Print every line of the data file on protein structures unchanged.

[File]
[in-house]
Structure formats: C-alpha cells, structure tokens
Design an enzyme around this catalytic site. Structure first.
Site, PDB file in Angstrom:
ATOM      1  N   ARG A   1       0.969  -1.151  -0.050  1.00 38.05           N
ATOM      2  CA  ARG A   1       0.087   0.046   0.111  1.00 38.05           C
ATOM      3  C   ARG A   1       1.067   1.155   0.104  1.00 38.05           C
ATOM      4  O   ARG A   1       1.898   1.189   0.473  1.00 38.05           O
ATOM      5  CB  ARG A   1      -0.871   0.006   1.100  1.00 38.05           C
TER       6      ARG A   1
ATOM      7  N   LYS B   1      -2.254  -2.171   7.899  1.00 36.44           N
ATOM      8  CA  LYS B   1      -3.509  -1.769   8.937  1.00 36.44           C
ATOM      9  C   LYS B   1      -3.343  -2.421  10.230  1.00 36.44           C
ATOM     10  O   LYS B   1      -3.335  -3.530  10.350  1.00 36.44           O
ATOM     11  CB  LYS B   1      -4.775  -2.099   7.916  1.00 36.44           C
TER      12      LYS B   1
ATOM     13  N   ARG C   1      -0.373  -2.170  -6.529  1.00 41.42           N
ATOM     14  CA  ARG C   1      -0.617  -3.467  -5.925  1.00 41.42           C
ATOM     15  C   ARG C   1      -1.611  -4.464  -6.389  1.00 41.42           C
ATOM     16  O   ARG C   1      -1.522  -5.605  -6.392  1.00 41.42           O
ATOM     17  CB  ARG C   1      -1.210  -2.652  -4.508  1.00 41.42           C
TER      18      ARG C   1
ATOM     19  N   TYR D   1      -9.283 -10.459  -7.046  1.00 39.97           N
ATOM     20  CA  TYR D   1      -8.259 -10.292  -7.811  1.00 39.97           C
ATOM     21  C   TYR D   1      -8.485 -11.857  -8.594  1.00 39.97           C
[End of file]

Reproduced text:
[in-house]
Structure formats: C-alpha cells, structure tokens
Design an enzyme around this catalytic site. Structure first.
Site, PDB file in Angstrom:
ATOM      1  N   ARG A   1       0.969  -1.151  -0.050  1.00 38.05           N
ATOM      2  CA  ARG A   1       0.087   0.046   0.111  1.00 38.05           C
ATOM      3  C   ARG A   1       1.067   1.155   0.104  1.00 38.05           C
ATOM      4  O   ARG A   1       1.898   1.189   0.473  1.00 38.05           O
ATOM      5  CB  ARG A   1      -0.871   0.006   1.100  1.00 38.05           C
TER       6      ARG A   1
ATOM      7  N   LYS B   1      -2.254  -2.171   7.899  1.00 36.44           N
ATOM      8  CA  LYS B   1      -3.509  -1.769   8.937  1.00 36.44           C
ATOM      9  C   LYS B   1      -3.343  -2.421  10.230  1.00 36.44           C
ATOM     10  O   LYS B   1      -3.335  -3.530  10.350  1.00 36.44           O
ATOM     11  CB  LYS B   1      -4.775  -2.099   7.916  1.00 36.44           C
TER      12      LYS B   1
ATOM     13  N   ARG C   1      -0.373  -2.170  -6.529  1.00 41.42           N
ATOM     14  CA  ARG C   1      -0.617  -3.467  -5.925  1.00 41.42           C
ATOM     15  C   ARG C   1      -1.611  -4.464  -6.389  1.00 41.42           C
ATOM     16  O   ARG C   1      -1.522  -5.605  -6.392  1.00 41.42           O
ATOM     17  CB  ARG C   1      -1.210  -2.652  -4.508  1.00 41.42           C
TER      18      ARG C   1
ATOM     19  N   TYR D   1      -9.283 -10.459  -7.046  1.00 39.97           N
ATOM     20  CA  TYR D   1      -8.259 -10.292  -7.811  1.00 39.97           C
ATOM     21  C   TYR D   1      -8.485 -11.857  -8.594  1.00 39.97           C